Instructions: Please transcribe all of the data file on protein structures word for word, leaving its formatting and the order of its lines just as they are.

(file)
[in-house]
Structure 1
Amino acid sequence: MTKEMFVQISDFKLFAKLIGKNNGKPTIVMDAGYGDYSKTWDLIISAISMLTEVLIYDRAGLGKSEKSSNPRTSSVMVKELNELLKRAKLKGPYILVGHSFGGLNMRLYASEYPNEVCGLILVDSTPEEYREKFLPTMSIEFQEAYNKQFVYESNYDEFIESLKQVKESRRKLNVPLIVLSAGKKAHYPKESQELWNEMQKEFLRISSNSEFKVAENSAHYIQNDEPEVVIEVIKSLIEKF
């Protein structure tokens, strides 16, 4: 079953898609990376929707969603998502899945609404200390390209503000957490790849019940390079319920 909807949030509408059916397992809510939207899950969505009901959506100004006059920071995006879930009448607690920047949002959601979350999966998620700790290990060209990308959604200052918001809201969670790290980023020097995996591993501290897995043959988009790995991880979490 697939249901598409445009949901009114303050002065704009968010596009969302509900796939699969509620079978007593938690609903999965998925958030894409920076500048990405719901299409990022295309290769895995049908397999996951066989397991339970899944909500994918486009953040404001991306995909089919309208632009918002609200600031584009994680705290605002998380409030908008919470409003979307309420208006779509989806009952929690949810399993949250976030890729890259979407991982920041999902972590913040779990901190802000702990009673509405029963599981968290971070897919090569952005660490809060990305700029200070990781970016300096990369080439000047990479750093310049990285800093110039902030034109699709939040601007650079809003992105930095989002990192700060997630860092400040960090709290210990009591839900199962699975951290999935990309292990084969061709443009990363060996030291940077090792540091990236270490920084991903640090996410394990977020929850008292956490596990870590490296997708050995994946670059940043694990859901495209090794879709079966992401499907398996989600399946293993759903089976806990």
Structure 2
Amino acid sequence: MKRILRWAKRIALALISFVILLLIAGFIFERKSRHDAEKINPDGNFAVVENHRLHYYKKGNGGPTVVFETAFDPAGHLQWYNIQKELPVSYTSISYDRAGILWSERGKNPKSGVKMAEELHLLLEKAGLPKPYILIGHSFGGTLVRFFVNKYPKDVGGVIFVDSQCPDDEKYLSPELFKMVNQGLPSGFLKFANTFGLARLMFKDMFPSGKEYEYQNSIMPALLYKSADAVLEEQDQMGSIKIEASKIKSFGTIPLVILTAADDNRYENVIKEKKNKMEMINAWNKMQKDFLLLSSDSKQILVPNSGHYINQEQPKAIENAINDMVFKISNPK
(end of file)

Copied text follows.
[in-house]
Structure 1
Amino acid sequence: MTKEMFVQISDFKLFAKLIGKNNGKPTIVMDAGYGDYSKTWDLIISAISMLTEVLIYDRAGLGKSEKSSNPRTSSVMVKELNELLKRAKLKGPYILVGHSFGGLNMRLYASEYPNEVCGLILVDSTPEEYREKFLPTMSIEFQEAYNKQFVYESNYDEFIESLKQVKESRRKLNVPLIVLSAGKKAHYPKESQELWNEMQKEFLRISSNSEFKVAENSAHYIQNDEPEVVIEVIKSLIEKF
């Protein structure tokens, strides 16, 4: 079953898609990376929707969603998502899945609404200390390209503000957490790849019940390079319920 909807949030509408059916397992809510939207899950969505009901959506100004006059920071995006879930009448607690920047949002959601979350999966998620700790290990060209990308959604200052918001809201969670790290980023020097995996591993501290897995043959988009790995991880979490 697939249901598409445009949901009114303050002065704009968010596009969302509900796939699969509620079978007593938690609903999965998925958030894409920076500048990405719901299409990022295309290769895995049908397999996951066989397991339970899944909500994918486009953040404001991306995909089919309208632009918002609200600031584009994680705290605002998380409030908008919470409003979307309420208006779509989806009952929690949810399993949250976030890729890259979407991982920041999902972590913040779990901190802000702990009673509405029963599981968290971070897919090569952005660490809060990305700029200070990781970016300096990369080439000047990479750093310049990285800093110039902030034109699709939040601007650079809003992105930095989002990192700060997630860092400040960090709290210990009591839900199962699975951290999935990309292990084969061709443009990363060996030291940077090792540091990236270490920084991903640090996410394990977020929850008292956490596990870590490296997708050995994946670059940043694990859901495209090794879709079966992401499907398996989600399946293993759903089976806990």
Structure 2
Amino acid sequence: MKRILRWAKRIALALISFVILLLIAGFIFERKSRHDAEKINPDGNFAVVENHRLHYYKKGNGGPTVVFETAFDPAGHLQWYNIQKELPVSYTSISYDRAGILWSERGKNPKSGVKMAEELHLLLEKAGLPKPYILIGHSFGGTLVRFFVNKYPKDVGGVIFVDSQCPDDEKYLSPELFKMVNQGLPSGFLKFANTFGLARLMFKDMFPSGKEYEYQNSIMPALLYKSADAVLEEQDQMGSIKIEASKIKSFGTIPLVILTAADDNRYENVIKEKKNKMEMINAWNKMQKDFLLLSSDSKQILVPNSGHYINQEQPKAIENAINDMVFKISNPK